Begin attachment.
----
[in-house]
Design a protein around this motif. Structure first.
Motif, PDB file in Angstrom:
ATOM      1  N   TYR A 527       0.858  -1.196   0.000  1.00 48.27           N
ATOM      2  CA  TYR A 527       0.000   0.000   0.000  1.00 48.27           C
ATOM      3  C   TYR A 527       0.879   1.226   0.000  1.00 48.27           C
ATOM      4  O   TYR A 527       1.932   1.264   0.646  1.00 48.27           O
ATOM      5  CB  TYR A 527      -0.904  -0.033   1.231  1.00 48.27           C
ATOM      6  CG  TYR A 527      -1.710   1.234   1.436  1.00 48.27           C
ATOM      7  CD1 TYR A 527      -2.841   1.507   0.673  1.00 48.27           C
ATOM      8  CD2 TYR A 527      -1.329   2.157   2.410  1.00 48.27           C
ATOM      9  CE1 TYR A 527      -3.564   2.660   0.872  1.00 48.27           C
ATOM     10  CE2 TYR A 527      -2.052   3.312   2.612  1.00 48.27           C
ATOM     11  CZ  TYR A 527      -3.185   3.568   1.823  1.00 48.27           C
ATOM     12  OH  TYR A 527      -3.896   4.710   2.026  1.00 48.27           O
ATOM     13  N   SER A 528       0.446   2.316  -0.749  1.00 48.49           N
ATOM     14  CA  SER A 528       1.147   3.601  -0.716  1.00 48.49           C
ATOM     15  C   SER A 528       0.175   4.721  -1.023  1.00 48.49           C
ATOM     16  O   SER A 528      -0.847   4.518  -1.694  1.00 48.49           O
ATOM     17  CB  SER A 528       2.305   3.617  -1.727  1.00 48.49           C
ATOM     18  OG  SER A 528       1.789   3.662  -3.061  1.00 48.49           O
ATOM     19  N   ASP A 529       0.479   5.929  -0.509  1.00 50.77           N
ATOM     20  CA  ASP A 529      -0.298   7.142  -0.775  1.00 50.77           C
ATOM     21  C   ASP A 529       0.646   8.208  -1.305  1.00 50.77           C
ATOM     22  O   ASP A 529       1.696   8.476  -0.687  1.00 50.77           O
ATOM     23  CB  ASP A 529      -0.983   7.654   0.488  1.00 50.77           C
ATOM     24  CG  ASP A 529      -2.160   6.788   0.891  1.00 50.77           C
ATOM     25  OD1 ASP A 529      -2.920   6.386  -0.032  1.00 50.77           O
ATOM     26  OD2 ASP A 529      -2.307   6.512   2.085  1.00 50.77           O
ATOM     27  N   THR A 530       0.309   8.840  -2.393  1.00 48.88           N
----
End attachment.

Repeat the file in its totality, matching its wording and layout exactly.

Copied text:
[in-house]
Design a protein around this motif. Structure first.
Motif, PDB file in Angstrom:
ATOM      1  N   TYR A 527       0.858  -1.196   0.000  1.00 48.27           N
ATOM      2  CA  TYR A 527       0.000   0.000   0.000  1.00 48.27           C
ATOM      3  C   TYR A 527       0.879   1.226   0.000  1.00 48.27           C
ATOM      4  O   TYR A 527       1.932   1.264   0.646  1.00 48.27           O
ATOM      5  CB  TYR A 527      -0.904  -0.033   1.231  1.00 48.27           C
ATOM      6  CG  TYR A 527      -1.710   1.234   1.436  1.00 48.27           C
ATOM      7  CD1 TYR A 527      -2.841   1.507   0.673  1.00 48.27           C
ATOM      8  CD2 TYR A 527      -1.329   2.157   2.410  1.00 48.27           C
ATOM      9  CE1 TYR A 527      -3.564   2.660   0.872  1.00 48.27           C
ATOM     10  CE2 TYR A 527      -2.052   3.312   2.612  1.00 48.27           C
ATOM     11  CZ  TYR A 527      -3.185   3.568   1.823  1.00 48.27           C
ATOM     12  OH  TYR A 527      -3.896   4.710   2.026  1.00 48.27           O
ATOM     13  N   SER A 528       0.446   2.316  -0.749  1.00 48.49           N
ATOM     14  CA  SER A 528       1.147   3.601  -0.716  1.00 48.49           C
ATOM     15  C   SER A 528       0.175   4.721  -1.023  1.00 48.49           C
ATOM     16  O   SER A 528      -0.847   4.518  -1.694  1.00 48.49           O
ATOM     17  CB  SER A 528       2.305   3.617  -1.727  1.00 48.49           C
ATOM     18  OG  SER A 528       1.789   3.662  -3.061  1.00 48.49           O
ATOM     19  N   ASP A 529       0.479   5.929  -0.509  1.00 50.77           N
ATOM     20  CA  ASP A 529      -0.298   7.142  -0.775  1.00 50.77           C
ATOM     21  C   ASP A 529       0.646   8.208  -1.305  1.00 50.77           C
ATOM     22  O   ASP A 529       1.696   8.476  -0.687  1.00 50.77           O
ATOM     23  CB  ASP A 529      -0.983   7.654   0.488  1.00 50.77           C
ATOM     24  CG  ASP A 529      -2.160   6.788   0.891  1.00 50.77           C
ATOM     25  OD1 ASP A 529      -2.920   6.386  -0.032  1.00 50.77           O
ATOM     26  OD2 ASP A 529      -2.307   6.512   2.085  1.00 50.77           O
ATOM     27  N   THR A 530       0.309   8.840  -2.393  1.00 48.88           N